Wisconsin’s Naval History

By Annalisa Underwood, Naval History and Heritage Command Communication and Outreach Division

Wisconsin, known as “America’s Dairyland,” is located in the north-central region of our country. On May 29, 1848, Wisconsin became the 30th state to be admitted to the Union.

There have been at least 15 U.S. Navy ships named after the cities, people, and places of Wisconsin. Of note are the two battleships that take their namesake from this great state: Wisconsin I (Battleship No. 9), which was commissioned in 1901, and USS Wisconsin (BB 64), commissioned in 1944. USS Wisconsin (BB 64) earned five battle stars for her World War II service and one for her service during the Korean War. Want to walk the decks of this famed battleship? Visit the Hampton Roads Naval Museum in Norfolk, Va. where she is currently docked and open to visitors.

Did you know that Wisconsin is the birthplace of some of the Navy’s heaviest hitters? Admiral Marc A. Mitscher, one of the first aviators in the U.S. Navy, was born in Hillsboro, Wis. In March 1944 he assumed command of the First Carrier Task Force and Task Force FIFTY-EIGHT, which operated in the Pacific during World War II. For outstanding services in this assignment he was awarded a Gold Star in lieu of a Third Distinguished Service Medal; the Legion of Merit with Combat Distinguishing Device “V”; and Gold Star in lieu of the Second and Third Navy Crosses. Vice Adm. James H. Flatley, Jr., born in Green Bay, Wis., a World War II naval aviator and tactician, was a key player during the Battle of Coral Sea and the Guadalcanal campaign. Among his accolades are the Navy Cross and Distinguished Flying Cross.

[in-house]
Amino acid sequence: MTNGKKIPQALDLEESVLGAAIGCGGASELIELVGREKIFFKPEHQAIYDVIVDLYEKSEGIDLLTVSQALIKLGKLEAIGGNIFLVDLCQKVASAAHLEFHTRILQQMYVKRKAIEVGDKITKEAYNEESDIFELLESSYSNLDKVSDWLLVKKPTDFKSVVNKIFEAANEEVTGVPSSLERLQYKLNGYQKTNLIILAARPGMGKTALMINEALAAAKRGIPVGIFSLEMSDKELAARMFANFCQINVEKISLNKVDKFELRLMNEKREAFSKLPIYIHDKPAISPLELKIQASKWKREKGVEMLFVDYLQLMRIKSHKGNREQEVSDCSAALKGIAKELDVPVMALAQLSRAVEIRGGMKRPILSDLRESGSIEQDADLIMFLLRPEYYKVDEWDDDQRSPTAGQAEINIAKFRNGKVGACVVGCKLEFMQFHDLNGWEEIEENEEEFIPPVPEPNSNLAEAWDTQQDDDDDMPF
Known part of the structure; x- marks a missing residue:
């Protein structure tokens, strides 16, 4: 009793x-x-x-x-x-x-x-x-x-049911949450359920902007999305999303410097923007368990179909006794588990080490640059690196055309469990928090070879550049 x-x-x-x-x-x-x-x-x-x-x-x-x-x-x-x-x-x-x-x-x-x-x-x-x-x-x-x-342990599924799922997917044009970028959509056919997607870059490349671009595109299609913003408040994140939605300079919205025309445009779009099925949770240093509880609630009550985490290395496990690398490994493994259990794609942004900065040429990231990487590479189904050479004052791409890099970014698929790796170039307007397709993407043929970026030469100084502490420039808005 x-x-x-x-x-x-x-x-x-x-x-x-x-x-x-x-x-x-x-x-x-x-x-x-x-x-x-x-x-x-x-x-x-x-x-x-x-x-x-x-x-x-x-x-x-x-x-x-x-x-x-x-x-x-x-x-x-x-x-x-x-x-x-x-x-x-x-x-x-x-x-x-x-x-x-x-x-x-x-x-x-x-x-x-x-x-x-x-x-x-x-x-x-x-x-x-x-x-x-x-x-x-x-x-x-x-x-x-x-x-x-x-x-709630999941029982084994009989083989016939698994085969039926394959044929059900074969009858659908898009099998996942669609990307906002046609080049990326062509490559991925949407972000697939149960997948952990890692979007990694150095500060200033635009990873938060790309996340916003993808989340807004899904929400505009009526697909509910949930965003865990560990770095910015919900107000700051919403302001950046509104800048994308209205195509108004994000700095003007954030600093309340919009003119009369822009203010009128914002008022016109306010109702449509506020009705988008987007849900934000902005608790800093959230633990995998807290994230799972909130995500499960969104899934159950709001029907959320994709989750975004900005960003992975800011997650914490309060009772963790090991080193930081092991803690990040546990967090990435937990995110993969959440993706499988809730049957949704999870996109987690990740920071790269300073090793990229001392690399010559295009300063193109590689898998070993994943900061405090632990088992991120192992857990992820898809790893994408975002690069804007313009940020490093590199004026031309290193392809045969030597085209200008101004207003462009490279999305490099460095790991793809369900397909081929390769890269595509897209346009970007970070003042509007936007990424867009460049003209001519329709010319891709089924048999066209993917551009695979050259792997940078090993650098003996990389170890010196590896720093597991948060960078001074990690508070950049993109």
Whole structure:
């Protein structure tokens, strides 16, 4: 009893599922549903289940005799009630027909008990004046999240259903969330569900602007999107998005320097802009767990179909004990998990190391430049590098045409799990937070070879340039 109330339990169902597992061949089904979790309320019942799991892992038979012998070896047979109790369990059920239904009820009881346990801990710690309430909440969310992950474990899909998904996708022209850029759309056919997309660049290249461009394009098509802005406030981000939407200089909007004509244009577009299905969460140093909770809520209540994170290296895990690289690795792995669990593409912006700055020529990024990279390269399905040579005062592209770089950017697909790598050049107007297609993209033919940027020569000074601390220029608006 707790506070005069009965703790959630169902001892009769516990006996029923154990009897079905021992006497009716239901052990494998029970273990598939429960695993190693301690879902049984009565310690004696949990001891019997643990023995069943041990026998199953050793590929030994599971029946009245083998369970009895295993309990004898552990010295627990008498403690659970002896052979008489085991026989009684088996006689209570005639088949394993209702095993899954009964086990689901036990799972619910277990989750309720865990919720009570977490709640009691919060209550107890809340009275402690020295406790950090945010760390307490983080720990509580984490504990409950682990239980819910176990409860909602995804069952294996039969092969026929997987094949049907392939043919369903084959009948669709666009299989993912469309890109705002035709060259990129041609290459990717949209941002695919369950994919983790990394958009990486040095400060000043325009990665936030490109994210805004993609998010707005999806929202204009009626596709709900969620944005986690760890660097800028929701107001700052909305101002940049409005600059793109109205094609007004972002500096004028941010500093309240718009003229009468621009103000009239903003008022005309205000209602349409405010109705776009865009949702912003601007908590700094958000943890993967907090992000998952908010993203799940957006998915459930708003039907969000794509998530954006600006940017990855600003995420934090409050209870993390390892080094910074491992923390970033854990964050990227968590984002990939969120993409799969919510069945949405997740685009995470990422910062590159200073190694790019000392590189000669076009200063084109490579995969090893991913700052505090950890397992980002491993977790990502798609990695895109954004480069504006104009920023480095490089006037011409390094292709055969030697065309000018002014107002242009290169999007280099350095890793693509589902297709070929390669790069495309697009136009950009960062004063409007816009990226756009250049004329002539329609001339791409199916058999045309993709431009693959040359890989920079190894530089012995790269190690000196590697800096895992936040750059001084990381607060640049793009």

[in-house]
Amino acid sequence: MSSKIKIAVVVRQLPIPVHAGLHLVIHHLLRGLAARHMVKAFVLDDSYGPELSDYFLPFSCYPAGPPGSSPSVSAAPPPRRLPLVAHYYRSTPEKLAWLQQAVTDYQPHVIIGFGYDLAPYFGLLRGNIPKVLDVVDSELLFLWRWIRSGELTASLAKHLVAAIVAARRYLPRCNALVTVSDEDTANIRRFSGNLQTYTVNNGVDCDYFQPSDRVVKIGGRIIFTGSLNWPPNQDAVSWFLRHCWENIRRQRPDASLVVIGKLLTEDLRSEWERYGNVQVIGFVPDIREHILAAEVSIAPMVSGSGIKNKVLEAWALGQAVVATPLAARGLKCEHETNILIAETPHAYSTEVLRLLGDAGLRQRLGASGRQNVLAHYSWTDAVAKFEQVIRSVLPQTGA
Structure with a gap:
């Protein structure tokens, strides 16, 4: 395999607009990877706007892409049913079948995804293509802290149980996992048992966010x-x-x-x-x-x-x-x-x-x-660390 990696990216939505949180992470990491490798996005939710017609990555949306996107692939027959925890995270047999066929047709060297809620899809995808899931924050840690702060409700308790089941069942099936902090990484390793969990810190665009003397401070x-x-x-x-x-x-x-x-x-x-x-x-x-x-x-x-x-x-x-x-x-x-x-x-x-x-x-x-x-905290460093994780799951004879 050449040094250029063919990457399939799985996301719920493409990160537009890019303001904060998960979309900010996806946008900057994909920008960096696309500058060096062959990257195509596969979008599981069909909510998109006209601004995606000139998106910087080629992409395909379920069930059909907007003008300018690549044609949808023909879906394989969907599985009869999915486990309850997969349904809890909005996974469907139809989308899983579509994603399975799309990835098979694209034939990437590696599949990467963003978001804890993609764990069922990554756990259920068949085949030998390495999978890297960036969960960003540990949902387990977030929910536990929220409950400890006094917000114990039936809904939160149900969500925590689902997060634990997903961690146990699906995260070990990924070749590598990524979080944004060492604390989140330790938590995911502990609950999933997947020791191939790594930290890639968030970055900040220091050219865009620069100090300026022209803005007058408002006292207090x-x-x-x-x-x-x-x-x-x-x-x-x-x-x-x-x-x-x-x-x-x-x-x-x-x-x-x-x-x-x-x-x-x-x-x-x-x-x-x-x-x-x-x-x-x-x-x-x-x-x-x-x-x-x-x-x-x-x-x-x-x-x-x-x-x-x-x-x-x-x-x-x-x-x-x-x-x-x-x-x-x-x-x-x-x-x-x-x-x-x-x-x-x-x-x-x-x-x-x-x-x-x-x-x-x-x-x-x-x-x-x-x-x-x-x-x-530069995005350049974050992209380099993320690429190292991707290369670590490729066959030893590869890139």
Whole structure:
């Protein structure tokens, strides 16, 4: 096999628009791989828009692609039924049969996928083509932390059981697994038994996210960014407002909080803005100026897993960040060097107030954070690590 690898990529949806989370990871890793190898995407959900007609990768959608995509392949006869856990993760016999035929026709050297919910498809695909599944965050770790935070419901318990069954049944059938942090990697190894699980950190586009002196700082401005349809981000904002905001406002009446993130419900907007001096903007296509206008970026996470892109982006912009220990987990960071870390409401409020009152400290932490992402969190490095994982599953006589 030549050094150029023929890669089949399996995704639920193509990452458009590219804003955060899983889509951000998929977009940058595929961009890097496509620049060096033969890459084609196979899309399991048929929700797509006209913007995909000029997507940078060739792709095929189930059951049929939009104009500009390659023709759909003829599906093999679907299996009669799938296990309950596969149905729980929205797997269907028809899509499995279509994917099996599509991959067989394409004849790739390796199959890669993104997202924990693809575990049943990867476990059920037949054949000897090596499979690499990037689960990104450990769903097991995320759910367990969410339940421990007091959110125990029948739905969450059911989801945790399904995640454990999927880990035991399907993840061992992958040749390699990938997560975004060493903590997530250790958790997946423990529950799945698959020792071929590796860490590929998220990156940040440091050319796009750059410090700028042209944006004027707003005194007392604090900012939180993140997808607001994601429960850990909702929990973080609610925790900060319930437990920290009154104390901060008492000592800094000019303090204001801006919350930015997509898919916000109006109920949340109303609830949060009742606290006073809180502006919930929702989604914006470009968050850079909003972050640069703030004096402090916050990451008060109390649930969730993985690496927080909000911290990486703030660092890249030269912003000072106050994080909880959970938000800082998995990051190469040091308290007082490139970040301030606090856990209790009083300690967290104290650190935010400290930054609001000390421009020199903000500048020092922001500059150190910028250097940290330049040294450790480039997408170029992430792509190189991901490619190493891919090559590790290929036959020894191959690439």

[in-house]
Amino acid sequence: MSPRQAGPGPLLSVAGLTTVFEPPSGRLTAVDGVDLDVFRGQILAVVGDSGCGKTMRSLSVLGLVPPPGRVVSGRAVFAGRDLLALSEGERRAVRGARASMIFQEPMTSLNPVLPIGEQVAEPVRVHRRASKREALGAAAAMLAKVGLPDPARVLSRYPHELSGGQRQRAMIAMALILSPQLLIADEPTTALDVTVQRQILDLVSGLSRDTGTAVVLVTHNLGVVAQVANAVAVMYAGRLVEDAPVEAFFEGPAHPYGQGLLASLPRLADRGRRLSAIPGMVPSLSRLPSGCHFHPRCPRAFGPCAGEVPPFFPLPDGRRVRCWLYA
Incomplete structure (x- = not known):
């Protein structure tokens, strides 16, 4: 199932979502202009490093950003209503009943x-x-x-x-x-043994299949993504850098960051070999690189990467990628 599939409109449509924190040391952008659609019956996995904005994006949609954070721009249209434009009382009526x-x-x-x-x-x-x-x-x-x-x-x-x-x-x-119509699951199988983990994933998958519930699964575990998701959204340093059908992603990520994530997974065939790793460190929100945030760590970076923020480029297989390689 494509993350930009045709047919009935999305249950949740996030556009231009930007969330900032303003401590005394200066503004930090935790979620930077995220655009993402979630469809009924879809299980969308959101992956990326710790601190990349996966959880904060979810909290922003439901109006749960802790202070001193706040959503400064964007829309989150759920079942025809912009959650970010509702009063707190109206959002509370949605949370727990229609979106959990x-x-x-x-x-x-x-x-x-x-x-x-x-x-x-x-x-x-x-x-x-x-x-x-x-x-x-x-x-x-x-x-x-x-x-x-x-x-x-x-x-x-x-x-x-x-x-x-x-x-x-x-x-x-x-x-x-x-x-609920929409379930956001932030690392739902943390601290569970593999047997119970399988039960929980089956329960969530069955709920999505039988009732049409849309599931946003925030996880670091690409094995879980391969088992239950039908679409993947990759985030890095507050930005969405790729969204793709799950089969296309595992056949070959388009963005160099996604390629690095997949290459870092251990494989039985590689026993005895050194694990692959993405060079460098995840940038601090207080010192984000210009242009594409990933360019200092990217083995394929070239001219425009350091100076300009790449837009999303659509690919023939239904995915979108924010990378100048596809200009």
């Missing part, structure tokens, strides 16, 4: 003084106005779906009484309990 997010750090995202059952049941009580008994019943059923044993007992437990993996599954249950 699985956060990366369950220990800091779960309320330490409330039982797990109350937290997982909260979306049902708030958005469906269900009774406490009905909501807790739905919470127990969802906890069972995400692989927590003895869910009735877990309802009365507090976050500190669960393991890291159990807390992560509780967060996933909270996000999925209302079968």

For more information on Wisconsin’s ties with U.S. Navy history, visit the state’s source guide from the Navy Department Library.

 

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